WILLIAMSTOWN -- I've been chasing a painting.
In December, while I was visiting my college-aged daughter, who was in the middle of a semester abroad in Paris, we went to try and see a much-talked-about Edward Hopper (1882-1967) exhibit at the Grand Palais -- Hopper was also an American in Paris.
There was only one problem. Without tickets, we were going to have to wait in a three-hour line just to get in. The Hopper exhibit had become a phenomenon, as well attended as a new Picasso or Monet exhibit, maybe because none of the Paris museums own a Hopper work. The French seem to love Hopper almost as much as Americans do.
(We chose not to stand in line and made our way to the Musée d'Orsay, not a bad way to spend an afternoon either.)
Coming home, I consoled myself that was that there was an original Hopper, "Morning in a City," a stone's throw from my desk. Who needed to stand in line for three hours when I could stretch my legs by wandering into Williams College Museum of Art (WCMA) any day of the week and see an original Hopper there?
But in January I learned "Morning in a City" was not at WCMA at the moment -- it had traveled to the Hopper exhibit in Paris at the Grand Palais.
Not to be deterred, I returned on a sunny late February day, the first day that "Morning in a City" (an oil on canvas completed in 1944) returned to the WCMA walls.
By now, I had studied the painting in depth on a computer screen -- but this morning reminded me why it is important to see the real thing.
The original painting of "Morning in a City" was much larger than I expected, larger than most of Hopper works (at c. 44 by 60 inches).
Seeing it startled me, like being in Williamstown in the summer and seeing a famous actor connected to the theater festival getting his cup of coffee. What are they doing here?
This painting has all the Hopper trademarks: The ordinary woman, in this case naked, in an ordinary moment that is somehow distinctly American, both the place (an ordinary hotel room), and the woman herself, who is more plain than especially beautiful.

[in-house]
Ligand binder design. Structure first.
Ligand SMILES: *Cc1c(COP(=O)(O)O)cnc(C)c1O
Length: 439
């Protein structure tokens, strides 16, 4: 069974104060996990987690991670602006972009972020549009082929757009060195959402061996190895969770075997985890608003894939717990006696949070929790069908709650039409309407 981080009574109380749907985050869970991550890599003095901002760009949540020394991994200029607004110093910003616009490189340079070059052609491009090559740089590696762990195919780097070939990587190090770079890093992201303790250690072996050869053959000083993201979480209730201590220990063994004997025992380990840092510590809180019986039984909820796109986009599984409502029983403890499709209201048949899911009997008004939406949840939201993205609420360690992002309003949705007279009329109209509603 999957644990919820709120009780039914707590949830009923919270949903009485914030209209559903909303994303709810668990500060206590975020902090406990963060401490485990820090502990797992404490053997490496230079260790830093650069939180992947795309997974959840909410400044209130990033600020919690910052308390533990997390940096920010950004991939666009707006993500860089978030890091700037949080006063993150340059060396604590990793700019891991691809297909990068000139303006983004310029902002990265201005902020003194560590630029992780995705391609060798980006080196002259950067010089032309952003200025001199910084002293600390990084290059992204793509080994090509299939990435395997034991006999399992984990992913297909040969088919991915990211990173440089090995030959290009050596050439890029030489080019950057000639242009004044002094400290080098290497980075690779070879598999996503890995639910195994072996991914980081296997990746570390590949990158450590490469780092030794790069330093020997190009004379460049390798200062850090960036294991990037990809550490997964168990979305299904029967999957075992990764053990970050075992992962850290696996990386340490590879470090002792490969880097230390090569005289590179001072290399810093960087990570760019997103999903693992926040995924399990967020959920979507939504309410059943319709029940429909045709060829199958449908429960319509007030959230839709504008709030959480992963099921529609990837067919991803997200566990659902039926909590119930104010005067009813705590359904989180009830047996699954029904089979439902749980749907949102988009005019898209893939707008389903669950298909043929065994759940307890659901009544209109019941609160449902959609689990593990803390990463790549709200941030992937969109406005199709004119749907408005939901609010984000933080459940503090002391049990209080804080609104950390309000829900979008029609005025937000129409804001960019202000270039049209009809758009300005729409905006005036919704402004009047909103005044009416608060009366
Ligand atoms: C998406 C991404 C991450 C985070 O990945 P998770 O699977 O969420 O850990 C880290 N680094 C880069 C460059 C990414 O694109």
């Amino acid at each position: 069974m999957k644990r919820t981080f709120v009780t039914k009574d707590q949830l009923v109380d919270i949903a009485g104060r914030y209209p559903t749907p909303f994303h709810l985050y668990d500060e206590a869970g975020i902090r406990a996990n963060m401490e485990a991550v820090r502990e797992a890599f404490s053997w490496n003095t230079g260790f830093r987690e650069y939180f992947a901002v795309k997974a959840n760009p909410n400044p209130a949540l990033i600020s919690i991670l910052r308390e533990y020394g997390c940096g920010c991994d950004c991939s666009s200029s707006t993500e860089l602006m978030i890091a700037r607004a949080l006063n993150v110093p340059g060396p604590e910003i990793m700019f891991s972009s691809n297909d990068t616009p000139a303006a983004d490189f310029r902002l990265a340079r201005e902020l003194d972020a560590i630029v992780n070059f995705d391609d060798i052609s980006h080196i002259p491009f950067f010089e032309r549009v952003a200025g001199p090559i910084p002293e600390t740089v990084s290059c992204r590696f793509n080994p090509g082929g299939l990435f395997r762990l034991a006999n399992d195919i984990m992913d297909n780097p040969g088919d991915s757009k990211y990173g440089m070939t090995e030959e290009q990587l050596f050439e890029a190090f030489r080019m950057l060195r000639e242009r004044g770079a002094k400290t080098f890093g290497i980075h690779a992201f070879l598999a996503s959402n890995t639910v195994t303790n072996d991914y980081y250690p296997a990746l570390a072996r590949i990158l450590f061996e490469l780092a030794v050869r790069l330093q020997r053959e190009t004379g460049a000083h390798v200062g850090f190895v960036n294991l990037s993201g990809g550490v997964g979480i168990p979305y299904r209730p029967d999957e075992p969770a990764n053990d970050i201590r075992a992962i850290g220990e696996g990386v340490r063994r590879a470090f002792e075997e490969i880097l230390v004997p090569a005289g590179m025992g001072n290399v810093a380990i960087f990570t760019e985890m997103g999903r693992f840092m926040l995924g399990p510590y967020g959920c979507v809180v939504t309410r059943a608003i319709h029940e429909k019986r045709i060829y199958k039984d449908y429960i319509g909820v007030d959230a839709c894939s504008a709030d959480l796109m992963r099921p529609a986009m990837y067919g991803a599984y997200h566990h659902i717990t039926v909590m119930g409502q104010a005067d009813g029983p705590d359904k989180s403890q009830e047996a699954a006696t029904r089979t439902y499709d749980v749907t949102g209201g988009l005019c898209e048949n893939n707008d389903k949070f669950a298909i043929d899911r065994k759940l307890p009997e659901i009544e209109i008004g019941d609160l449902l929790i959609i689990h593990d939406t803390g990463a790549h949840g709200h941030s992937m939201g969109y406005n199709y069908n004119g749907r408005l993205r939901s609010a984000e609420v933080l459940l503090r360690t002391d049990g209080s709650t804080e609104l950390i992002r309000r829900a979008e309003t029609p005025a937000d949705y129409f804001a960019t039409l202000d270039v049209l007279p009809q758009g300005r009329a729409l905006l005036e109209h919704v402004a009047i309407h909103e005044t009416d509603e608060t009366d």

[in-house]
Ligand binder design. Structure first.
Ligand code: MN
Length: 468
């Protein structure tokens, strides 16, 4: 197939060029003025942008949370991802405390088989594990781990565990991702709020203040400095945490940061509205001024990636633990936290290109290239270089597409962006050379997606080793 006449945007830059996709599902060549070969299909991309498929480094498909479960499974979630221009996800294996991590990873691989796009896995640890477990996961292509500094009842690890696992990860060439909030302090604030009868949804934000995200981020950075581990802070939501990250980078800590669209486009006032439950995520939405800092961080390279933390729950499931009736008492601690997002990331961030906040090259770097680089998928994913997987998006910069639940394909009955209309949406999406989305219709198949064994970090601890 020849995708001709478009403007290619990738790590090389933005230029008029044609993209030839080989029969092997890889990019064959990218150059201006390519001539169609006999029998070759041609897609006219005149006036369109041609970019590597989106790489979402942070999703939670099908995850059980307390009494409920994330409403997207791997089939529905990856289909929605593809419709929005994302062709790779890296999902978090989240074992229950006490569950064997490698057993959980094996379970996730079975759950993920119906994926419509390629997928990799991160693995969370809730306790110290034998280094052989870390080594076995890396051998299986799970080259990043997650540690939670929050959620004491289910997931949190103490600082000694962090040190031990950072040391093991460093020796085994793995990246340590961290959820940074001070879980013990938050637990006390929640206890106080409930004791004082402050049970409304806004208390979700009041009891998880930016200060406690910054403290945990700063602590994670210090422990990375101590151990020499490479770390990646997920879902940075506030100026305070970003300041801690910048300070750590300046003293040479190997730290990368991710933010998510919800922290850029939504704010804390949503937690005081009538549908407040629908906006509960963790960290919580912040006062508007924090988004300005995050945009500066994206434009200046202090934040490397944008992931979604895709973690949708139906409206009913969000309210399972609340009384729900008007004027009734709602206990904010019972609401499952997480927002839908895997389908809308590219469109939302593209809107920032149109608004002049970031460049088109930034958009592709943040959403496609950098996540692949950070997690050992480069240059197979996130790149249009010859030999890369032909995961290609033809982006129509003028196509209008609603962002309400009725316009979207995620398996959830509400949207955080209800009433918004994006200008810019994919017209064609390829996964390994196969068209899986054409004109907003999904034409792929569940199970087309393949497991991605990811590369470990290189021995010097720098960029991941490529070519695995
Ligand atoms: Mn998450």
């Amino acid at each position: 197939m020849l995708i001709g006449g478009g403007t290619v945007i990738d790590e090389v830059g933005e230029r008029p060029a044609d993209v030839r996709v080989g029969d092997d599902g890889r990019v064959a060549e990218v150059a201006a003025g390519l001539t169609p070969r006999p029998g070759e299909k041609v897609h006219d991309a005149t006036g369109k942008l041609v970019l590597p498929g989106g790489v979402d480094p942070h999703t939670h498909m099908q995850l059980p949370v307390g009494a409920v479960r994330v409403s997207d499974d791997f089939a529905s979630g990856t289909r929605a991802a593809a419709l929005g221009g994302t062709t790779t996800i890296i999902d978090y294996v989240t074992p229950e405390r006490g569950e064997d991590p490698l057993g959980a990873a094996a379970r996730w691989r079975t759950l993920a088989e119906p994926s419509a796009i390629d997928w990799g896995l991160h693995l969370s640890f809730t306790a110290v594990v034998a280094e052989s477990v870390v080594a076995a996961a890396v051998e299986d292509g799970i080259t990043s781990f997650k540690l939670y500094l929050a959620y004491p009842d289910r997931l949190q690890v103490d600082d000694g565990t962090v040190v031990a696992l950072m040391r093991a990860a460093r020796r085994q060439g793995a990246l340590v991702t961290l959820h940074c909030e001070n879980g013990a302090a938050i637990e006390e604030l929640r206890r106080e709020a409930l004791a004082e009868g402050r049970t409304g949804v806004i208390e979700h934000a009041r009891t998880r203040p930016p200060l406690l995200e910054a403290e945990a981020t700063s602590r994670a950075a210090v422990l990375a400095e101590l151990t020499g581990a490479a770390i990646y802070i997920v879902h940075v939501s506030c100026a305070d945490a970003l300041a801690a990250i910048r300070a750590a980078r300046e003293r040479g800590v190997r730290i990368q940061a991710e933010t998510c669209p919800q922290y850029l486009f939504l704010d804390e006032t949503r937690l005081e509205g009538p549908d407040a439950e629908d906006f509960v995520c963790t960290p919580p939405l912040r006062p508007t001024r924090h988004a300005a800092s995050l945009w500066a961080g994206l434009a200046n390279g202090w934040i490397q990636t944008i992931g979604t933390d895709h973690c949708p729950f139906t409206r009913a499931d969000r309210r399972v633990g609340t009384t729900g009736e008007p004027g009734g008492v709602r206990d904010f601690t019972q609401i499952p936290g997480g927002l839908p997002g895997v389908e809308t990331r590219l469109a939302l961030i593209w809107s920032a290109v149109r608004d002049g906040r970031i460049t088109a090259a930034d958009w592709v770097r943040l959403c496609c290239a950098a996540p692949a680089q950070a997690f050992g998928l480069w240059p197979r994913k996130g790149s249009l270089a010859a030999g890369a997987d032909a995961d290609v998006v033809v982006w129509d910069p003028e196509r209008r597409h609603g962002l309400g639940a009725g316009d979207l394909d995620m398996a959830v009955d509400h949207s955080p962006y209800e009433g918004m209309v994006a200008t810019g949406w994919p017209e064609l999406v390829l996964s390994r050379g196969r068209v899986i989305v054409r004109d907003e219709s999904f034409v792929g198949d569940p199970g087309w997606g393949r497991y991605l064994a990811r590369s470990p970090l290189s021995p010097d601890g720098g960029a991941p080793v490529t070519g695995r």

What is not so ordinary, and what is never so ordinary in a Hopper work, is the subtle blend of colors, predominantly greens and yellows and browns, and the light coming through from the outside window and illuminating the woman's pale skin.
Despite the usual sense of isolation that pervades almost all of Hopper's work (she is alone, in a non-descript hotel room, in an unrecognizable city, standing in front of a small, single-sized bed), there is something hopeful in that light, and that morning, a day ahead that holds who knows what?
It's been said that despite how realistic Hopper paintings are considered to be -- almost hyper-real, as in a David Lynch movie or a Gregory Crewdson photograph -- they don't fall into the category of a narrative work. Still, such moments call upon the viewer to provide one. Who is this woman? What city is she in, and what is she doing in a hotel room by herself? Is she running away? And if so, running to what, to where? What is she running from? She doesn't seem in a particular hurry, and in fact looks calm, almost serene standing there in this morning light, as if some big decision is behind her.
Despite a few trips abroad, which she'll no doubt continue to make, this woman, this work, will be here as she's always been, waiting for her day to begin -- since 1977, when the Williams College alum and art collector Lawrence H. Bloedel (class of 1923) graciously donated this and a portion of his complete collection to Williams College.
Locals can see her any time. There are no lines in Williamstown.